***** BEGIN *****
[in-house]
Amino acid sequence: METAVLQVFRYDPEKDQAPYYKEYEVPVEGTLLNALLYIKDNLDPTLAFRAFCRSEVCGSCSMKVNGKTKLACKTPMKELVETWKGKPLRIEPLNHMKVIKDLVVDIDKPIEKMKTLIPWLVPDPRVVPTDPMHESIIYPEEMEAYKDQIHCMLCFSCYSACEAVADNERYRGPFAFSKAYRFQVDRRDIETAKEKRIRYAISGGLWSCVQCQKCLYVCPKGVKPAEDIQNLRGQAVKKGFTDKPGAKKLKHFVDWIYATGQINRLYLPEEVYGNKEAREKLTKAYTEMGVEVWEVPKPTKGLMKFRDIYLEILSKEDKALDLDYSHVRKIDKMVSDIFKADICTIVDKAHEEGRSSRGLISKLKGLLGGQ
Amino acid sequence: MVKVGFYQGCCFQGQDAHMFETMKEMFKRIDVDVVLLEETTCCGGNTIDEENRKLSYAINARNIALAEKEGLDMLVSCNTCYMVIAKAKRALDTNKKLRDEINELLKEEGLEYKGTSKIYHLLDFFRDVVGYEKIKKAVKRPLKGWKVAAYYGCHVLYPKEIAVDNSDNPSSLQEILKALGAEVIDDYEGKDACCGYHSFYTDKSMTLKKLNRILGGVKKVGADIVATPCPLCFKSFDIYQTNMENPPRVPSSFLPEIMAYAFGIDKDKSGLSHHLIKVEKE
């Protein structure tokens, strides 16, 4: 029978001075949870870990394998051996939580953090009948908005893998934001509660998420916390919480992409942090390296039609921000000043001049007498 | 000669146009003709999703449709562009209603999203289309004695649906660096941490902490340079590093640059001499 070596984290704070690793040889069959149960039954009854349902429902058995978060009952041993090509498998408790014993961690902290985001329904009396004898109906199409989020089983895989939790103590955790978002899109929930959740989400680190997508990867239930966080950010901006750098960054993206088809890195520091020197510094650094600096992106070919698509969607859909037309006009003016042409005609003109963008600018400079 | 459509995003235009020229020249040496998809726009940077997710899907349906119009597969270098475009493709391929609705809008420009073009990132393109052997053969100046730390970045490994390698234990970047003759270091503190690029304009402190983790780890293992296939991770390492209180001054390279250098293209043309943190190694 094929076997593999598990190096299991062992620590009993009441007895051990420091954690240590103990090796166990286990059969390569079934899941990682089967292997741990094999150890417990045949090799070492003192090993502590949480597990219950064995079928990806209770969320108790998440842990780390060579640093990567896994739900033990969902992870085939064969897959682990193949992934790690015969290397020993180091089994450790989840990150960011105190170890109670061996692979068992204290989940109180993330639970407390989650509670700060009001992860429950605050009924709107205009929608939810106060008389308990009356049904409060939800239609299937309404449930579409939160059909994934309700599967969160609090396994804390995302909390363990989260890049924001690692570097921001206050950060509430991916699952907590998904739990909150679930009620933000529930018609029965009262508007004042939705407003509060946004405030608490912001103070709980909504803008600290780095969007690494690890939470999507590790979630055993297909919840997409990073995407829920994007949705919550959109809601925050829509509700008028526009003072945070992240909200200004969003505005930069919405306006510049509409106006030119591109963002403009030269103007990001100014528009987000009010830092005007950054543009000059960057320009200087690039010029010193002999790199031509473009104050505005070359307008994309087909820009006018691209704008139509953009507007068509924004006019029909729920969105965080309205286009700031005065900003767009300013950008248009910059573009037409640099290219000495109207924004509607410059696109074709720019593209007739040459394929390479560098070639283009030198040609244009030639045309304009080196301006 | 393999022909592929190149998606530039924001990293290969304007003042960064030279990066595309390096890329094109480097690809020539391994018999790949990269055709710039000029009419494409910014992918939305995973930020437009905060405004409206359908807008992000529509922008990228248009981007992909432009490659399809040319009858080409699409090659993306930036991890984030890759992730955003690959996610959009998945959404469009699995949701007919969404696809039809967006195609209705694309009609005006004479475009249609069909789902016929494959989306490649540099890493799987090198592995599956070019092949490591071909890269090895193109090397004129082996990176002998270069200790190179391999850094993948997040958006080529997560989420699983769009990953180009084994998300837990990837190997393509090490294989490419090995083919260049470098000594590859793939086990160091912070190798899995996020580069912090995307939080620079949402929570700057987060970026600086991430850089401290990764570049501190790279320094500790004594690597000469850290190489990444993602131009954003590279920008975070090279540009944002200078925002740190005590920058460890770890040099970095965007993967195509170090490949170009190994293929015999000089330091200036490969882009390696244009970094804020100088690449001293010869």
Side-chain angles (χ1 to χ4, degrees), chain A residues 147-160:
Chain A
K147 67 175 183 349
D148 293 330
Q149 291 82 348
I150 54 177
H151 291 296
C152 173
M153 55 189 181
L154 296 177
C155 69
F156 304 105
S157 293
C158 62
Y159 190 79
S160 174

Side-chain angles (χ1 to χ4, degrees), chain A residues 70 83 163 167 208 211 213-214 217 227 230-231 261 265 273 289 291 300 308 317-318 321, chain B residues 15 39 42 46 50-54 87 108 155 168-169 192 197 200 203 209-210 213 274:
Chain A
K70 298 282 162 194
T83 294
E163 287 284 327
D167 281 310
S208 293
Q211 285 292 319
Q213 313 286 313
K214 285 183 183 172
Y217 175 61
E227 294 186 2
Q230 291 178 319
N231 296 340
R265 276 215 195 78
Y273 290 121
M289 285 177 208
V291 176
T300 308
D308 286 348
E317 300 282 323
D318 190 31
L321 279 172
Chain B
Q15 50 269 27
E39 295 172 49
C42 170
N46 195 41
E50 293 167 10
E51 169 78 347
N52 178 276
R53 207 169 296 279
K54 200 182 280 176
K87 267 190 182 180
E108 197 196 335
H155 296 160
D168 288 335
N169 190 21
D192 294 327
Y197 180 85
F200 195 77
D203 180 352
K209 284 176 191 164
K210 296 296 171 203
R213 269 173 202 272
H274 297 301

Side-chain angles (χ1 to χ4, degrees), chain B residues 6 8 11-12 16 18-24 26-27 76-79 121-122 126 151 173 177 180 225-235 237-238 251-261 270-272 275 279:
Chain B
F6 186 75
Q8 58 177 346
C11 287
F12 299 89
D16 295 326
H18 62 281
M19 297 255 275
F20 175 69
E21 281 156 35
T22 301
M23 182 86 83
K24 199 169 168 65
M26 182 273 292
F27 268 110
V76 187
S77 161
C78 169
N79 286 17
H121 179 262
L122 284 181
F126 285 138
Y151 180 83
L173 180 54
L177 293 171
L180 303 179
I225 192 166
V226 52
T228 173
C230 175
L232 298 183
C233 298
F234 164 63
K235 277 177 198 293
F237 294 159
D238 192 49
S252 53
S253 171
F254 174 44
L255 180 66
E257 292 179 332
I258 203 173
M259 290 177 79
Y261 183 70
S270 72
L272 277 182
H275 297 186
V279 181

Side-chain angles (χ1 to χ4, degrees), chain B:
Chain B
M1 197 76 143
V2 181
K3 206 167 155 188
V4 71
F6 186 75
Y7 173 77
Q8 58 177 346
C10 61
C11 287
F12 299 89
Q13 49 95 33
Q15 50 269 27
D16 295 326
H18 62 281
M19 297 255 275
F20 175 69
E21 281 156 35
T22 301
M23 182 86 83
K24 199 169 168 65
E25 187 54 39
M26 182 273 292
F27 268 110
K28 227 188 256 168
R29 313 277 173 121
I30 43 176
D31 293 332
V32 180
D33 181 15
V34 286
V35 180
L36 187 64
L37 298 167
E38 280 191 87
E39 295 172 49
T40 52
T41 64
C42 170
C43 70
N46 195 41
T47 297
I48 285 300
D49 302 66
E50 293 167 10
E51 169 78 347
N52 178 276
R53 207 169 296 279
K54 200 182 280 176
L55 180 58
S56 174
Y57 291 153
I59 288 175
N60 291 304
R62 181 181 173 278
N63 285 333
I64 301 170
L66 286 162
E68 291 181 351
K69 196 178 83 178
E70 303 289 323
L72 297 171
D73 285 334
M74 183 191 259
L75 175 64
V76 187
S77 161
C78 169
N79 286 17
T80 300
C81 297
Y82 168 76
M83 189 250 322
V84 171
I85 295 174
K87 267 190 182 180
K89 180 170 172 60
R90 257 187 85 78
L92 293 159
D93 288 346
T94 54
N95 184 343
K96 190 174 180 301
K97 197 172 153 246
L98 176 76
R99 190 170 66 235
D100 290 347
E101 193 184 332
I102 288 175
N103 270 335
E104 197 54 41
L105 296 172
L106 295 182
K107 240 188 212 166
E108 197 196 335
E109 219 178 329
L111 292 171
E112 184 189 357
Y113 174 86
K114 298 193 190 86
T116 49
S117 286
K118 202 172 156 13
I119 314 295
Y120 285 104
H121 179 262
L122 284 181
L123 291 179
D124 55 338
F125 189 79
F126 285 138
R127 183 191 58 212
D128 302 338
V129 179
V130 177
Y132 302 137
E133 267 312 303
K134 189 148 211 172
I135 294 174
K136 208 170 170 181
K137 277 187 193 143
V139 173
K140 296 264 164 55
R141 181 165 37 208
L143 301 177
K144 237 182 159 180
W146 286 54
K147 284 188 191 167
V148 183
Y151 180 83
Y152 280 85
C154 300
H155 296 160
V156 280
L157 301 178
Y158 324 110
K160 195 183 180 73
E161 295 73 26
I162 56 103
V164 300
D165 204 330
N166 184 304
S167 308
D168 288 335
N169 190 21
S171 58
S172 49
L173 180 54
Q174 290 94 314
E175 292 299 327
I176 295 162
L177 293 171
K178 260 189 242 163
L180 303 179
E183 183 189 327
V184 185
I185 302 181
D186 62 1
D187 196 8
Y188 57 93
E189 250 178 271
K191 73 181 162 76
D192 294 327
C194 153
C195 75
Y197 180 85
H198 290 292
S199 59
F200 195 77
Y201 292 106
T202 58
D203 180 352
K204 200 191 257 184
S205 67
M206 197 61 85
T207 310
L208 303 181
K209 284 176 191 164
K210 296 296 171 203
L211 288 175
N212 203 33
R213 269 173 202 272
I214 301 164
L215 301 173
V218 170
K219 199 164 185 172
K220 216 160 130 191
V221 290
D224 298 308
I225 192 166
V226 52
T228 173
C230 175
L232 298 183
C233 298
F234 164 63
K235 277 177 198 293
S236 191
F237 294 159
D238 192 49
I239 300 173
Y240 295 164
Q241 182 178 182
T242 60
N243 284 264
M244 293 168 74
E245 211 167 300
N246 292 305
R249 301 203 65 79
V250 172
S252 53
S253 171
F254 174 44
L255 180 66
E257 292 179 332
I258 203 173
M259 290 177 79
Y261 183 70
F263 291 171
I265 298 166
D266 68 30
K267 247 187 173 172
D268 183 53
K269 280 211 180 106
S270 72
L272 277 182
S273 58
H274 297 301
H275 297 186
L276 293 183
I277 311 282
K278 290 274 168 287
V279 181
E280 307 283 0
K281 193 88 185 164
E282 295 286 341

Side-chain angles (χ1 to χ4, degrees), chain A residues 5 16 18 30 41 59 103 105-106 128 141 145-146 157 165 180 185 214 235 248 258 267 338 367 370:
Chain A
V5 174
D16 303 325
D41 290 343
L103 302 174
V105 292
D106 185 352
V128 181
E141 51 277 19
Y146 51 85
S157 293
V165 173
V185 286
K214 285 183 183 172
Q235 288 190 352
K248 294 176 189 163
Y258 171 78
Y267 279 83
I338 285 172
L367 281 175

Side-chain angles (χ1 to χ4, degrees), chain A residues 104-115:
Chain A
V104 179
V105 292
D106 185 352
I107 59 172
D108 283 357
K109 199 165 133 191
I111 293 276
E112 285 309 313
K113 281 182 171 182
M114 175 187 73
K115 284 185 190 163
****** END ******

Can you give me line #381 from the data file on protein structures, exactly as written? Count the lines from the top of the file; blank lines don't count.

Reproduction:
K109 199 165 133 191